Sunday, December 04, 2011

A Summer Tradition Fades Away

A very good friend of mine, when measuring the importance of tried and true customs once told me, “Tradition doesn’t graduate.”

That poignant statement hung in the air for me for a few moments. And when it finally soaked in, I knew he was right. All of those traditions passed down from generations; family gatherings; friends hoisting a memorial toast at a special happy hour; the list could go on. But each and every one has significance and these traditional events help sustain and honor the memories. Tradition allows them to echo in eternity.

Tradition doesn’t graduate.

If only the Baltimore Ravens shared that conviction with my friend, there would be happier fans in Ravens Nation today.

Yesterday we learned that the Ravens would not host their training camp at McDaniel College in 2012 and from the looks of it, training camp outside of the team’s headquarters in Owings Mills is a thing of the past and apparently that tradition has graduated.

“In 1996, Westminster was the best place for us to have training camp,” general manager and executive vice president Ozzie Newsome explained. “How teams conduct training camp today is vastly different. Our football needs and requirements are different. The absence of two-a-days, how much space we need for the players and the meetings, the limited number of practices allowed by the new CBA (collective bargaining agreement), the importance of having an indoor field when the summer storms come – all of that and more football-influenced factors, had me recommend to Steve (Bisciotti) and Dick that we hold camp [at team headquarters].”

The backlash from the fans, particularly those who made the trek to Westminster a traditional summer event is predictable and arguably warranted. Those who depend upon the economic boost provided by the McDaniel College camp will be hurt financially and forced to adjust.

Most will argue that the move was driven by greed but the Ravens say no.
“This is not a financial decision,” team President Dick Cass pointed out. “Because of our training camp sponsors and partners, we did not lose money going to Westminster.”

According to the team, this really boils down to what they believe is best for the players and coaches to prepare for the season.

Both Newsome and Cass point to the following as the driving forces behind the decision:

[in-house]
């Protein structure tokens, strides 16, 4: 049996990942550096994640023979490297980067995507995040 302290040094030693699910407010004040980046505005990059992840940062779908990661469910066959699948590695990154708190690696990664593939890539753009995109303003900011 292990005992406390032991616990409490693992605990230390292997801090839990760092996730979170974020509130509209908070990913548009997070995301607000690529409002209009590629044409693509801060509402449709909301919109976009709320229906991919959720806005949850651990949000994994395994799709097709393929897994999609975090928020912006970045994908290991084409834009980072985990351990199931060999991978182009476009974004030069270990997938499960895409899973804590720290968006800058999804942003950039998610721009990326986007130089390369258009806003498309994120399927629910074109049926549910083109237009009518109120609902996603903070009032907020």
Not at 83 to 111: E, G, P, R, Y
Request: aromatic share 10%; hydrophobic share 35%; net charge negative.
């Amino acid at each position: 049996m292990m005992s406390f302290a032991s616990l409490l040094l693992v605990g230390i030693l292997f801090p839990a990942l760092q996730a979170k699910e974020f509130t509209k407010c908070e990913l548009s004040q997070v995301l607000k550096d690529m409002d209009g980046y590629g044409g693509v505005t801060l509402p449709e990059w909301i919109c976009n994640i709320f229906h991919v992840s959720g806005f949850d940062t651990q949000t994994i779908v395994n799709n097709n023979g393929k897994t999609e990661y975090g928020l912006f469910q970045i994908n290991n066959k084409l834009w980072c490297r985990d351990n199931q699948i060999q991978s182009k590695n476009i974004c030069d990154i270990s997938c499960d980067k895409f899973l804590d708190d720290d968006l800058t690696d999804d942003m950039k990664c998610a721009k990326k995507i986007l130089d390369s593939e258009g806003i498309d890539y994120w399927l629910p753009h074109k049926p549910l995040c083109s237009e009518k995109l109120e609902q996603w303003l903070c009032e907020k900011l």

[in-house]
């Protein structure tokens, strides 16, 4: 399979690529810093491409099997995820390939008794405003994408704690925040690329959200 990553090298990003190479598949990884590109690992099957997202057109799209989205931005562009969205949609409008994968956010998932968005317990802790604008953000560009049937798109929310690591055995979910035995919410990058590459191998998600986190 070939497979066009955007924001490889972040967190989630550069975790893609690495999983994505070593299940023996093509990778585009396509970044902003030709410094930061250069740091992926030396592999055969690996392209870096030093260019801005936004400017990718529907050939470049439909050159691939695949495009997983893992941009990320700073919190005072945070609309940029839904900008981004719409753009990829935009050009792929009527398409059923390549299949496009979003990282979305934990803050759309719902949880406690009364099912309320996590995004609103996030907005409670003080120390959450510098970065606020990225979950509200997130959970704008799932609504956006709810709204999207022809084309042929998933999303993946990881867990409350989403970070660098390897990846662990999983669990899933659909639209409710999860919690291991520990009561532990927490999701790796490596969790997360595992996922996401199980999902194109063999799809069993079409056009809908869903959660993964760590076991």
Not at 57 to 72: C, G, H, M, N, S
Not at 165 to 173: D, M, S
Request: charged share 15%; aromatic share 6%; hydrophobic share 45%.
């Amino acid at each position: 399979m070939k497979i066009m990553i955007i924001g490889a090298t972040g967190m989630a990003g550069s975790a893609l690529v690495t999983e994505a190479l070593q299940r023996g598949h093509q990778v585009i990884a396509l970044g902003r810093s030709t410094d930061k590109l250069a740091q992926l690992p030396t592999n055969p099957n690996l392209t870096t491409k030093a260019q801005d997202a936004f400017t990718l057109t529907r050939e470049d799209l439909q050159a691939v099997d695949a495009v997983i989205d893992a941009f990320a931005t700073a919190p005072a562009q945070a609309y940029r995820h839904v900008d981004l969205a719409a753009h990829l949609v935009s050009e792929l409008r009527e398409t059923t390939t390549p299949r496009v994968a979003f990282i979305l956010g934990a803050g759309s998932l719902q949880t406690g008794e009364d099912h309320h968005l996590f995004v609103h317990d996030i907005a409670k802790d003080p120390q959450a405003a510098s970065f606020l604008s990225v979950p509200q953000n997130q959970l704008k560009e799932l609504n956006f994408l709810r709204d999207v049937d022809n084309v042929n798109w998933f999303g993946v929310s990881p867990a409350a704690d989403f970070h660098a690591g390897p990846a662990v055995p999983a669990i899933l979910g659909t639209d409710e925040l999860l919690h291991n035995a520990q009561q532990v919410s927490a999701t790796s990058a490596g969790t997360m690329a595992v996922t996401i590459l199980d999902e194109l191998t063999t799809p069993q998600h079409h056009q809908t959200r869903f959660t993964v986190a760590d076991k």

Cass and Newsome pointed out a number of issues that provoked the Ravens to make this decision:

• Facilities at the team’s Owings Mills facility are conducive to the best practices, especially in bad weather when the team can quickly move inside without losing the limited practice time. The team’s state-of-the-art weight room, conditioning machines and medical/training areas are significantly better.

• Ravens have outgrown the Best Western Hotel. “There aren’t enough rooms for our players, coaches and staff. Nor are there rooms for the individual position meetings that are an everyday part of football preparation,” Cass noted. (Each year the Ravens have added trailers to hold position meetings and use as office space for the staff.)

• Technology requirements, including computer and video, have changed dramatically in recent years. Capacity at the hotel is not compatible with team needs.

• The new CBA limits teams to one practice per day, and the efficiency provided in Owings Mills with meeting space, fields and video and IT operations allows the team to maximize the preparation for the season.

Still the fans will be disappointed – some bitterly. You can count team owner Steve Bisciotti among them.

“We completely understand that this takes away an important part of our connection with our fans. I regret that,” Bisciotti continued. “Hopefully, we can find other ways to continue this outreach. We’ll have more to say on this as we develop these programs.”

Let’s give this time to marinate. Let’s see how the club engages the community with these new programs and determine if such new programs coupled with what’s best for the team justifies this gut-wrenching decision.
Old treasured traditions cast aside aren’t easily forgotten.

It’s hard to watch them graduate.

But maybe new programs lead to new traditions.

And maybe the people will come with newfound smiles.

Time will tell.


Jerry B said...

Some traditions die hard and this is no exception, TL. Starting in 1953, the annual visit to Westminster with my Dad was always a treat. When my sons were old enough, the traditon continued up to and including the last few years with my grandchildren. Those cherished moments will be missed, but never forgotten. I believe Bisciotti will find a way to assuage the angst because this organization always seems to do the right thing. But the memories of all those trips to Westminster will last a lifetime.....